Transportation Has Improved, but Backlogs Remain
As we wrap up our last update of March and look forward to April, there is certainly a market in front of us that is leading most people to exhibit a healthy amount of trepidation about where this is headed.
We saw March flatten, hitting a peak and then dropping with respect to print. Throughout the month, the continued uncertainty and gap in pricing only grew.
To start this week, mills came out with new numbers, dropping from the week prior, but again, we continue to see a very large gap in ask levels across various mills. In addition, there has been more reporting of counteroffers being entertained, and some of the larger mills that have been holding their positions are certainly starting to open up to larger counters if shipping is feasible.
At the same time, smaller mills, as well as the distribution community, seem to be also opening up as we are hearing lower numbers being put together on a case-by-case basis throughout all dimensions.
Looking forward, consumers are exercising extreme caution, feeling that there is more downside pressure to come as we roll into April.
The comments about impending purchasing that needs to be done continue to swirl. However, the timeline is in question. Will we see this come to market within the next 1 to 2 weeks to firm things up, or will it be more downward pressure as we get into the mid-point of the month?
Supply & Distribution Update
Slowly but surely, with the emphasis being on slowly, the delays, bottlenecks, slowdowns, and holdups we've experienced over the previous months are incrementally improving and the multitude of late deliveries are slowly creeping their way through to buyers. By no means are we in the clear of challenges the supply chain has thrown at us over the last 6 months, but there is hope that we may be through the worst of the difficulty in getting material delivered in a somewhat timely manner. However, balance that thought out with fuel prices and freight rates continuing to rise and likely remaining at high levels for the foreseeable future.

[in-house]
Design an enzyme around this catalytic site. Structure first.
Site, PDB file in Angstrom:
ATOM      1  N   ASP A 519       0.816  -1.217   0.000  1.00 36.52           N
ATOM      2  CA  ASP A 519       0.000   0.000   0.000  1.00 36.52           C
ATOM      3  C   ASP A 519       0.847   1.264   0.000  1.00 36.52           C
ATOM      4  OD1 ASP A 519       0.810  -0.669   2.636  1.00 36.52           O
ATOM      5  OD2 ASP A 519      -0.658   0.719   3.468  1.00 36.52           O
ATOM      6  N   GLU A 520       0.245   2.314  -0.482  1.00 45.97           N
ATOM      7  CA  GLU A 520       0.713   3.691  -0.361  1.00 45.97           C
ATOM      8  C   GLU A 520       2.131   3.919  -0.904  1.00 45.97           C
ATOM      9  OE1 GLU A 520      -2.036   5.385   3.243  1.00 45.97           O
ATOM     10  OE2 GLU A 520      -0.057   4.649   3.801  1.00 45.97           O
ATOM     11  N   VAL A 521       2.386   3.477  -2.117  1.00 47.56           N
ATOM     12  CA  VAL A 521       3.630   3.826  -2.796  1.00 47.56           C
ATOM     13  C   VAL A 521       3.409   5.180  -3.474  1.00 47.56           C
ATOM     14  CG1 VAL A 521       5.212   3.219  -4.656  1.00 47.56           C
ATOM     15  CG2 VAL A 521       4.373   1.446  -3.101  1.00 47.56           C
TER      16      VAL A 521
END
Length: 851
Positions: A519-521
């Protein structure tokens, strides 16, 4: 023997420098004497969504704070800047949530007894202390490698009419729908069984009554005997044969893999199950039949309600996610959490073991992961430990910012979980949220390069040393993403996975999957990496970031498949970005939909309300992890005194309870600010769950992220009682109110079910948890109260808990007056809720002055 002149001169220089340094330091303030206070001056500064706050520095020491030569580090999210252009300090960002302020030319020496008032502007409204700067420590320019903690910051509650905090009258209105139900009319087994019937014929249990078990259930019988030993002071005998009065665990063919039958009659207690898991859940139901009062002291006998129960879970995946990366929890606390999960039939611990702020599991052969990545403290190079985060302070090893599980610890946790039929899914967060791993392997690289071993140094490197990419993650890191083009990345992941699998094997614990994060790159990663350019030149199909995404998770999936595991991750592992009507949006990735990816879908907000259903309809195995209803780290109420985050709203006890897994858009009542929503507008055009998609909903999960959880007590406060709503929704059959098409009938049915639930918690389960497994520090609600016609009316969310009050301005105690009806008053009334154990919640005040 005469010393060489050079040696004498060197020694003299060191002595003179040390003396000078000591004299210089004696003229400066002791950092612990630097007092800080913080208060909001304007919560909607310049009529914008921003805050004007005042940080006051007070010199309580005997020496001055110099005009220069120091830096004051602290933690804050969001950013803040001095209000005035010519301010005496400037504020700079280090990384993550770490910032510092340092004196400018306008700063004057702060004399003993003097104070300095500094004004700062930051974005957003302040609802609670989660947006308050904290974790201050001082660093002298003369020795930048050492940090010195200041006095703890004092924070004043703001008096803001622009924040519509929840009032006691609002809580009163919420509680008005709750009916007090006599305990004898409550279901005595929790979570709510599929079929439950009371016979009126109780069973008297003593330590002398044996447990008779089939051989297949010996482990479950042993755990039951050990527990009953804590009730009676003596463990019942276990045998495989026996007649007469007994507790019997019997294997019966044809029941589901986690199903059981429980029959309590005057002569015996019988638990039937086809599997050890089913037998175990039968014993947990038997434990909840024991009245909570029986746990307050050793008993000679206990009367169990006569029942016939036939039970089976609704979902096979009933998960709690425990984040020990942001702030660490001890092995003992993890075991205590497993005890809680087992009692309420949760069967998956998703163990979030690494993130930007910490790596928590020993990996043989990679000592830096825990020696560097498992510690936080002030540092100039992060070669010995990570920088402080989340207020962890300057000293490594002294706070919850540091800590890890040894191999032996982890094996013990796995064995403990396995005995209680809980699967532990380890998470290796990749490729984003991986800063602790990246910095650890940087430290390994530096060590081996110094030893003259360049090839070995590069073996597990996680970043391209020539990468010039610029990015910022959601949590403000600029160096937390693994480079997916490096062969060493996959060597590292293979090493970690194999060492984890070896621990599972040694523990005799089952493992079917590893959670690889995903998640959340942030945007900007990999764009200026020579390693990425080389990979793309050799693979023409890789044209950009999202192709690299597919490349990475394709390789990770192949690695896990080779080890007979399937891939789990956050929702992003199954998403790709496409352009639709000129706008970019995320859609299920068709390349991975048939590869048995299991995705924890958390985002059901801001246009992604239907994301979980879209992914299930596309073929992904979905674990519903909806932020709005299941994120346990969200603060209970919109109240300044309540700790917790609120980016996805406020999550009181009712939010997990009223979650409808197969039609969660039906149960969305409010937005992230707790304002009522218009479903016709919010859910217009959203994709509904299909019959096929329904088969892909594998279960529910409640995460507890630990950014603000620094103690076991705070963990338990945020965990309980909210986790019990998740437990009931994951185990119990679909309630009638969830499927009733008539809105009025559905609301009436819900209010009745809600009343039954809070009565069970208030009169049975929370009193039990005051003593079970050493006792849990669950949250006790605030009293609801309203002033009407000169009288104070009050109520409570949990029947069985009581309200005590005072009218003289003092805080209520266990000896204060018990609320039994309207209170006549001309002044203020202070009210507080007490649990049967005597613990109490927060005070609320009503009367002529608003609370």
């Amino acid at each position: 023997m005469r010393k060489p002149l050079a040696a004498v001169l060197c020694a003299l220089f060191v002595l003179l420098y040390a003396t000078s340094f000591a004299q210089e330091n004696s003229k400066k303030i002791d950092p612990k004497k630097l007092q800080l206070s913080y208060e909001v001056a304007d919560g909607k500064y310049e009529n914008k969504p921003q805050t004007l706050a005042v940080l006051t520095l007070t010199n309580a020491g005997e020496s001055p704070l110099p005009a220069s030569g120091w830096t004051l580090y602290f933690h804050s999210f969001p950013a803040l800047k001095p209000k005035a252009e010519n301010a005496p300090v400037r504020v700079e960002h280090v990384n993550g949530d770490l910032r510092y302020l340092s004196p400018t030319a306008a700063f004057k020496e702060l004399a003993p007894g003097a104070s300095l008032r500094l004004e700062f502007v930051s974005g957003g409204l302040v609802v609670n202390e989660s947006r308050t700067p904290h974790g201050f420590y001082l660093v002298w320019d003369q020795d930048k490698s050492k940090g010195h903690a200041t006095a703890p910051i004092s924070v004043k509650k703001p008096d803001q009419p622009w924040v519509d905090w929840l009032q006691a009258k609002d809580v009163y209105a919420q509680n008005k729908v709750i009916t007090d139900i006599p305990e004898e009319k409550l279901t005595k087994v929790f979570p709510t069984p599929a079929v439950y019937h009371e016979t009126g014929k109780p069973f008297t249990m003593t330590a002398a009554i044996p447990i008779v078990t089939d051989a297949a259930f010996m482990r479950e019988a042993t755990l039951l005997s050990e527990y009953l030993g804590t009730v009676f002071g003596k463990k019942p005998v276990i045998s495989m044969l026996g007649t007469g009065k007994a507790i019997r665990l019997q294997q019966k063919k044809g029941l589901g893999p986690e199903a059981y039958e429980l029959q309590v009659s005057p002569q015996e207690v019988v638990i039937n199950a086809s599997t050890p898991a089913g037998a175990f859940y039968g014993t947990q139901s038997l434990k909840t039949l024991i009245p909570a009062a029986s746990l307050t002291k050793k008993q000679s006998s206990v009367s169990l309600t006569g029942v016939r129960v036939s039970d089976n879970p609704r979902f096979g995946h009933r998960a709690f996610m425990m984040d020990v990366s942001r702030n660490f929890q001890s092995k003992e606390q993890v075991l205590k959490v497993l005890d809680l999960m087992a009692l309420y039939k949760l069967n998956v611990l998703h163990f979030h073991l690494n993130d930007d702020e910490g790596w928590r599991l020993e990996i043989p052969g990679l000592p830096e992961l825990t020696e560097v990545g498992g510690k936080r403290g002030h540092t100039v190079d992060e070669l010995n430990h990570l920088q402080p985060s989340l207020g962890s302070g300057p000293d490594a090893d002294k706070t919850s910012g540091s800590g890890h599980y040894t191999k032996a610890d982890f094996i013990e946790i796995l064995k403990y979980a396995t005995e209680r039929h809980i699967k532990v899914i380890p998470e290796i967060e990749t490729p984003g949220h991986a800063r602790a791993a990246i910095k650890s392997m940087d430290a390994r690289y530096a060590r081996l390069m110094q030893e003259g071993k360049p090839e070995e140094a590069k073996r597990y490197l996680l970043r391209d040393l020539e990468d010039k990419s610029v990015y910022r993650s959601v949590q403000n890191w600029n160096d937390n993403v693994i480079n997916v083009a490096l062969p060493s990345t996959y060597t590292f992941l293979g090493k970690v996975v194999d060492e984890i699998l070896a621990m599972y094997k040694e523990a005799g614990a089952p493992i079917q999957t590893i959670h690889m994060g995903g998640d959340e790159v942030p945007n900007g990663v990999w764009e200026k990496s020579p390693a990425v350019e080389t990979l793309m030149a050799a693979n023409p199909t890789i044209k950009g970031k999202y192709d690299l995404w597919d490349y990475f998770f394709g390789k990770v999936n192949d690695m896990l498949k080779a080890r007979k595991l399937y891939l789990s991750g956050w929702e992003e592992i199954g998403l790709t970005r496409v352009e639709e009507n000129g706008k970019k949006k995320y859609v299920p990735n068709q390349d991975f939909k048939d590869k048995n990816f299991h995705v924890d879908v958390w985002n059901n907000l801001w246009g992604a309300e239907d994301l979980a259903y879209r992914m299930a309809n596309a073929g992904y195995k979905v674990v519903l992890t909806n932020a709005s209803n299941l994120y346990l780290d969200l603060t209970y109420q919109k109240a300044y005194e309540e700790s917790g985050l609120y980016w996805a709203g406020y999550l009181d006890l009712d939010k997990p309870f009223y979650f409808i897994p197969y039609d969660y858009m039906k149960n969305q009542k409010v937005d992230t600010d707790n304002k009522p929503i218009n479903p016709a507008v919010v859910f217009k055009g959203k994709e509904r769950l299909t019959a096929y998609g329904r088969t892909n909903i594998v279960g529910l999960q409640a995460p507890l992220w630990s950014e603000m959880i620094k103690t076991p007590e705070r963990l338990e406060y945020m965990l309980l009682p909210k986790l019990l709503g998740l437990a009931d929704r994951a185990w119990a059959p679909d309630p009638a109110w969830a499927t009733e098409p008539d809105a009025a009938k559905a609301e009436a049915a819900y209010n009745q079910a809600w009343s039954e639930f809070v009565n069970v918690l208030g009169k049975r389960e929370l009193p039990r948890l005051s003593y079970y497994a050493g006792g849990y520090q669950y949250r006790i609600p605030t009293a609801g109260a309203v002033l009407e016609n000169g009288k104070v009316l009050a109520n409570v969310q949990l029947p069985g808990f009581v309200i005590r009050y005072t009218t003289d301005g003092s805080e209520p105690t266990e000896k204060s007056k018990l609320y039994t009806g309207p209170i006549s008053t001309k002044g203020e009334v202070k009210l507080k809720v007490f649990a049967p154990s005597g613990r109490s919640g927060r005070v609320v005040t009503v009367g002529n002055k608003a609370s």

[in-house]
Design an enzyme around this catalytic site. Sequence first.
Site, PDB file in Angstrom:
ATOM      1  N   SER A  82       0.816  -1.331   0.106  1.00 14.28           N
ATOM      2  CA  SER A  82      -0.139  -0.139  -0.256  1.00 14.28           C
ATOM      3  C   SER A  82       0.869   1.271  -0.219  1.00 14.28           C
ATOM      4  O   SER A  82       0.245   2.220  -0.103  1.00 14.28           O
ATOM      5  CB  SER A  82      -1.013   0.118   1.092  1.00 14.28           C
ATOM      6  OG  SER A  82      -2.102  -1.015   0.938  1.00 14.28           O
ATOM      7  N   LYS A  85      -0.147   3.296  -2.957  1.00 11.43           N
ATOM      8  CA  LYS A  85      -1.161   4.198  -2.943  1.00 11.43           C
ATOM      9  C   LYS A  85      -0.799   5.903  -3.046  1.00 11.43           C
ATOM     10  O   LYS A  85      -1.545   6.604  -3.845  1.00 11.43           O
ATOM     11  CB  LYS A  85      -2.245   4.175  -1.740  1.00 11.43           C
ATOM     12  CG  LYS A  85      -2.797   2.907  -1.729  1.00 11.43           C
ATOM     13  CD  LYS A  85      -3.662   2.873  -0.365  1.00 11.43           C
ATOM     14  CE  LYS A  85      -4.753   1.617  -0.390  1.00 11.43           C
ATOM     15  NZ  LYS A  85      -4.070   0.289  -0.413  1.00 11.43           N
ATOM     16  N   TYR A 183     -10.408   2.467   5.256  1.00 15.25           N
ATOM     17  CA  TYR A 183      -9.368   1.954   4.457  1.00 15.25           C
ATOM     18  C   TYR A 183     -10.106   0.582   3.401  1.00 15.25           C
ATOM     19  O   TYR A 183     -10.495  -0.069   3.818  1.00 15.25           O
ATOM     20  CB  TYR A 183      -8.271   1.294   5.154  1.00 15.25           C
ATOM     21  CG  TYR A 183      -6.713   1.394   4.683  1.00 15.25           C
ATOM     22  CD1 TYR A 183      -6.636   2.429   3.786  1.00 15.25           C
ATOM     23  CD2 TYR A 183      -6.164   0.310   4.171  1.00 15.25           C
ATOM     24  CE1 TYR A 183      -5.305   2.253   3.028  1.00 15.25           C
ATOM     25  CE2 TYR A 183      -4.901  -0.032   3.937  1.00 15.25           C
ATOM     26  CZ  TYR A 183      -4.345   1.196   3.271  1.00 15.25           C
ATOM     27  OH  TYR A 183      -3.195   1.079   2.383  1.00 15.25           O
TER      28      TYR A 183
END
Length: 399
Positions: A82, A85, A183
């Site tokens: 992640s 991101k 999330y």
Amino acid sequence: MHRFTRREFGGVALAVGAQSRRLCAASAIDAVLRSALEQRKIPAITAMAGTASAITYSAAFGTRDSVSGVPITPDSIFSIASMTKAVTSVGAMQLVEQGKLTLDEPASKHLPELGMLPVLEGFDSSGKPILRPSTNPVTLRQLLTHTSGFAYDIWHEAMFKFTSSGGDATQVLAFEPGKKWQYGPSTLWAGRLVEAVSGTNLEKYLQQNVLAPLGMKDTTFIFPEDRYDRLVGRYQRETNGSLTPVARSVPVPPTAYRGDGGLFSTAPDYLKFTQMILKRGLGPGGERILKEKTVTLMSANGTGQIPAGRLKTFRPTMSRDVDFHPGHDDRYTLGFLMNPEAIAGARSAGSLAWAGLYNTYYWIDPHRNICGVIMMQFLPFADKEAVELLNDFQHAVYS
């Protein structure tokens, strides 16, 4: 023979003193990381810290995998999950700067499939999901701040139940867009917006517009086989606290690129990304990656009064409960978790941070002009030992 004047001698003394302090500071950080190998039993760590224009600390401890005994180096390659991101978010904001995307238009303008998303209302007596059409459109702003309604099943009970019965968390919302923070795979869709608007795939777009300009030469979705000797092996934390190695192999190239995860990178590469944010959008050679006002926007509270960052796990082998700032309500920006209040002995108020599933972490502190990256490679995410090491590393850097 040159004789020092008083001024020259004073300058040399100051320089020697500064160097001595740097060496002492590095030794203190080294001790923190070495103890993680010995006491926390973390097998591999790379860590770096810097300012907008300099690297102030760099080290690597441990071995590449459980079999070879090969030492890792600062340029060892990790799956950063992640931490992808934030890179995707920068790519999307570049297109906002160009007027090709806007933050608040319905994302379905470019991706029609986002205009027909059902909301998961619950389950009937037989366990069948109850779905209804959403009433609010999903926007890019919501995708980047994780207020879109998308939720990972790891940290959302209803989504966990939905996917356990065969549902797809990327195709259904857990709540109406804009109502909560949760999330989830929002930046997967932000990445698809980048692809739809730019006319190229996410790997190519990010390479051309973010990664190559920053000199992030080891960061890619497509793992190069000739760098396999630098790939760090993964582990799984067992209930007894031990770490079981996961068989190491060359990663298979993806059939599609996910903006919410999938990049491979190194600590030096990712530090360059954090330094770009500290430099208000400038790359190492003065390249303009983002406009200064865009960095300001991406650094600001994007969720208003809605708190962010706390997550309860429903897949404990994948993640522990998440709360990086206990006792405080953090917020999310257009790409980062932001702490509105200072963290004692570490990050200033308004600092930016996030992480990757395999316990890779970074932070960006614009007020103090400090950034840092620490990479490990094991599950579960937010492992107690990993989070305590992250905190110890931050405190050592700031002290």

Regarding rail, we have reports of average rail velocities improving, approaching historical averages, and mills are seeing slightly more cars available. Trucking has improved, but we have seen an increase in the number of cancellations on the delivery of loads, likely to capitalize on more profitable loads and preferable lanes.
Mills, both regional and national, are currently showing strong levels of material on offer in #2&btr and MSR. Shipments are listed from prompt to 4 weeks out. In some cases, a growing amount of prompt material is available, primarily at regional mills.
Distribution has remained very busy as buyers continue to work to fill holes in inventories caused by late loads and high prices.